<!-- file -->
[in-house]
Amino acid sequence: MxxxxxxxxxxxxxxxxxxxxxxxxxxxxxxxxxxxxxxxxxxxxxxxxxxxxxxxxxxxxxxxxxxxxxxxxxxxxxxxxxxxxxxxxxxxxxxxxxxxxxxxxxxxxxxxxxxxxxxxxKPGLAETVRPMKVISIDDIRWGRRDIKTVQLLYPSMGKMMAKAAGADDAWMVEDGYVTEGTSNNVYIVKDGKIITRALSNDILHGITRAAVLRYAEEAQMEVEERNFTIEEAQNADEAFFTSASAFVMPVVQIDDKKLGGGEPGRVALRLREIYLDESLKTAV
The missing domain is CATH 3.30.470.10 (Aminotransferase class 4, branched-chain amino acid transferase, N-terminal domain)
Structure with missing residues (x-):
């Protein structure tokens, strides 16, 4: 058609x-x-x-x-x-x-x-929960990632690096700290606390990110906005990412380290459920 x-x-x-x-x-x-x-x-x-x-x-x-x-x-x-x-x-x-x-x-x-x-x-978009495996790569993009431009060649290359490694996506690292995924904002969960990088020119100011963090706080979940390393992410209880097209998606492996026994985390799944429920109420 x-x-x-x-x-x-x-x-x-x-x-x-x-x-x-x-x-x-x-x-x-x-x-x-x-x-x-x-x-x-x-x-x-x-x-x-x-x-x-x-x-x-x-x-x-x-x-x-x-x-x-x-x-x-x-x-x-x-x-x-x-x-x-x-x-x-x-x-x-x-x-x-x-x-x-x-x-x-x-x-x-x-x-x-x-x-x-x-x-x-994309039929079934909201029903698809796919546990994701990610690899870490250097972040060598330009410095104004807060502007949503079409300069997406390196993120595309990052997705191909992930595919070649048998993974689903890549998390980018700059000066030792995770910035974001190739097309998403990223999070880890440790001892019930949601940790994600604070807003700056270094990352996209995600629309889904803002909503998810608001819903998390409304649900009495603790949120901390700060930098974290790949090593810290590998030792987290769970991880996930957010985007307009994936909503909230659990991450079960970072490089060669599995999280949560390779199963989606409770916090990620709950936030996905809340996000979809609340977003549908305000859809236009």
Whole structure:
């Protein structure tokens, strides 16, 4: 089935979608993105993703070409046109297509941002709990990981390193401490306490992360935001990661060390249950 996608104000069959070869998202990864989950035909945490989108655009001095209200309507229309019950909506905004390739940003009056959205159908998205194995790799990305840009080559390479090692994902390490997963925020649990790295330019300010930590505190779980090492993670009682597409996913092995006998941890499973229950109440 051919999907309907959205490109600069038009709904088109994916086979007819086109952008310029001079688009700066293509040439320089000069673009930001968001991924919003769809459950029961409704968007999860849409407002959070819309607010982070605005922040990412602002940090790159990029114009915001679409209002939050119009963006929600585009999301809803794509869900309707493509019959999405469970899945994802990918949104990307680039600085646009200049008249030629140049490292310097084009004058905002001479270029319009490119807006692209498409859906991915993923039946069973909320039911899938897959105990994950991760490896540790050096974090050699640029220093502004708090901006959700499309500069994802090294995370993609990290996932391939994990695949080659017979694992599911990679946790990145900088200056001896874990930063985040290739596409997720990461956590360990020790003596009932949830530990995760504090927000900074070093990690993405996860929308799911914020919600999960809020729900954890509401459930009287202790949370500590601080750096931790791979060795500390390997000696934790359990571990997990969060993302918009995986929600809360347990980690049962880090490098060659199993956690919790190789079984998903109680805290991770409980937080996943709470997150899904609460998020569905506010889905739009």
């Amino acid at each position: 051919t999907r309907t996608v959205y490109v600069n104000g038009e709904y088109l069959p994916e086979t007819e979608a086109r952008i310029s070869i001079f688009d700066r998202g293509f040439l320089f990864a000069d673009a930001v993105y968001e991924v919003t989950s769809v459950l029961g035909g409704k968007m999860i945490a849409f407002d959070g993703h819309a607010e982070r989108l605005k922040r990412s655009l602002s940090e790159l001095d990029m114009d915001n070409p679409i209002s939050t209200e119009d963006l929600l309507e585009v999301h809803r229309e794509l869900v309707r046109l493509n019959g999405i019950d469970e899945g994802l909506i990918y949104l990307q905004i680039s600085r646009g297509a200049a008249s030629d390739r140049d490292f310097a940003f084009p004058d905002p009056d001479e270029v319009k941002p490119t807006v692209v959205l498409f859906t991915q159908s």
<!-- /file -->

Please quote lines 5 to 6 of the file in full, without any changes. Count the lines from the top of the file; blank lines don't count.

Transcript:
């Protein structure tokens, strides 16, 4: 058609x-x-x-x-x-x-x-929960990632690096700290606390990110906005990412380290459920 x-x-x-x-x-x-x-x-x-x-x-x-x-x-x-x-x-x-x-x-x-x-x-978009495996790569993009431009060649290359490694996506690292995924904002969960990088020119100011963090706080979940390393992410209880097209998606492996026994985390799944429920109420 x-x-x-x-x-x-x-x-x-x-x-x-x-x-x-x-x-x-x-x-x-x-x-x-x-x-x-x-x-x-x-x-x-x-x-x-x-x-x-x-x-x-x-x-x-x-x-x-x-x-x-x-x-x-x-x-x-x-x-x-x-x-x-x-x-x-x-x-x-x-x-x-x-x-x-x-x-x-x-x-x-x-x-x-x-x-x-x-x-x-994309039929079934909201029903698809796919546990994701990610690899870490250097972040060598330009410095104004807060502007949503079409300069997406390196993120595309990052997705191909992930595919070649048998993974689903890549998390980018700059000066030792995770910035974001190739097309998403990223999070880890440790001892019930949601940790994600604070807003700056270094990352996209995600629309889904803002909503998810608001819903998390409304649900009495603790949120901390700060930098974290790949090593810290590998030792987290769970991880996930957010985007307009994936909503909230659990991450079960970072490089060669599995999280949560390779199963989606409770916090990620709950936030996905809340996000979809609340977003549908305000859809236009």
Whole structure: